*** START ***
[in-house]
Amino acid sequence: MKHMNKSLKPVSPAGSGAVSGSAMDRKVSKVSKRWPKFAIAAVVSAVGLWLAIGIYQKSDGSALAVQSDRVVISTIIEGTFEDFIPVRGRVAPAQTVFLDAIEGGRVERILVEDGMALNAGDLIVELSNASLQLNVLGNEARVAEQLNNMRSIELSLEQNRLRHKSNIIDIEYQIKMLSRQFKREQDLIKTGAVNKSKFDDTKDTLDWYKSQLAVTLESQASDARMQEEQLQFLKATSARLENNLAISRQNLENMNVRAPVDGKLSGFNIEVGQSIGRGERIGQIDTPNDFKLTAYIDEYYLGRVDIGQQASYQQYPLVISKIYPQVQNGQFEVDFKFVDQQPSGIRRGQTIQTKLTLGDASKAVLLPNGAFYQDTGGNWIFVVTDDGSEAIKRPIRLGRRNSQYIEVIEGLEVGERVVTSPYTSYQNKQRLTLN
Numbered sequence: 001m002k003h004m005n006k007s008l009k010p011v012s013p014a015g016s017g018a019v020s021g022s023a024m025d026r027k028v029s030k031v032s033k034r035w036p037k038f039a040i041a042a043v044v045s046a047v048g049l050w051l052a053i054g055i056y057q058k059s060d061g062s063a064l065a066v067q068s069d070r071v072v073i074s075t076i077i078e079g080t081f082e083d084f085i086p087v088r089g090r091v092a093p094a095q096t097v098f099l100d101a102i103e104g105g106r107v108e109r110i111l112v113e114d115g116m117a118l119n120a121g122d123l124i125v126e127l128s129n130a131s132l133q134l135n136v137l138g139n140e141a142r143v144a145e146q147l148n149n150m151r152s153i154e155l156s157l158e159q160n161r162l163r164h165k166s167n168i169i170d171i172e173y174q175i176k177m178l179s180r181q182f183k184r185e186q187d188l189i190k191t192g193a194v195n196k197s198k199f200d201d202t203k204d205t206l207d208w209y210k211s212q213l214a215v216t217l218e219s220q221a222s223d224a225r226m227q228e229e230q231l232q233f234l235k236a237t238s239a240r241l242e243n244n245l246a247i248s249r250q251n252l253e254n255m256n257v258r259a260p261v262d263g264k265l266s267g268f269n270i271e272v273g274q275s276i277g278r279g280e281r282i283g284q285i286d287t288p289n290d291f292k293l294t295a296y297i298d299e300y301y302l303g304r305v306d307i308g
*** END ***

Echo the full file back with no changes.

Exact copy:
[in-house]
Amino acid sequence: MKHMNKSLKPVSPAGSGAVSGSAMDRKVSKVSKRWPKFAIAAVVSAVGLWLAIGIYQKSDGSALAVQSDRVVISTIIEGTFEDFIPVRGRVAPAQTVFLDAIEGGRVERILVEDGMALNAGDLIVELSNASLQLNVLGNEARVAEQLNNMRSIELSLEQNRLRHKSNIIDIEYQIKMLSRQFKREQDLIKTGAVNKSKFDDTKDTLDWYKSQLAVTLESQASDARMQEEQLQFLKATSARLENNLAISRQNLENMNVRAPVDGKLSGFNIEVGQSIGRGERIGQIDTPNDFKLTAYIDEYYLGRVDIGQQASYQQYPLVISKIYPQVQNGQFEVDFKFVDQQPSGIRRGQTIQTKLTLGDASKAVLLPNGAFYQDTGGNWIFVVTDDGSEAIKRPIRLGRRNSQYIEVIEGLEVGERVVTSPYTSYQNKQRLTLN
Numbered sequence: 001m002k003h004m005n006k007s008l009k010p011v012s013p014a015g016s017g018a019v020s021g022s023a024m025d026r027k028v029s030k031v032s033k034r035w036p037k038f039a040i041a042a043v044v045s046a047v048g049l050w051l052a053i054g055i056y057q058k059s060d061g062s063a064l065a066v067q068s069d070r071v072v073i074s075t076i077i078e079g080t081f082e083d084f085i086p087v088r089g090r091v092a093p094a095q096t097v098f099l100d101a102i103e104g105g106r107v108e109r110i111l112v113e114d115g116m117a118l119n120a121g122d123l124i125v126e127l128s129n130a131s132l133q134l135n136v137l138g139n140e141a142r143v144a145e146q147l148n149n150m151r152s153i154e155l156s157l158e159q160n161r162l163r164h165k166s167n168i169i170d171i172e173y174q175i176k177m178l179s180r181q182f183k184r185e186q187d188l189i190k191t192g193a194v195n196k197s198k199f200d201d202t203k204d205t206l207d208w209y210k211s212q213l214a215v216t217l218e219s220q221a222s223d224a225r226m227q228e229e230q231l232q233f234l235k236a237t238s239a240r241l242e243n244n245l246a247i248s249r250q251n252l253e254n255m256n257v258r259a260p261v262d263g264k265l266s267g268f269n270i271e272v273g274q275s276i277g278r279g280e281r282i283g284q285i286d287t288p289n290d291f292k293l294t295a296y297i298d299e300y301y302l303g304r305v306d307i308g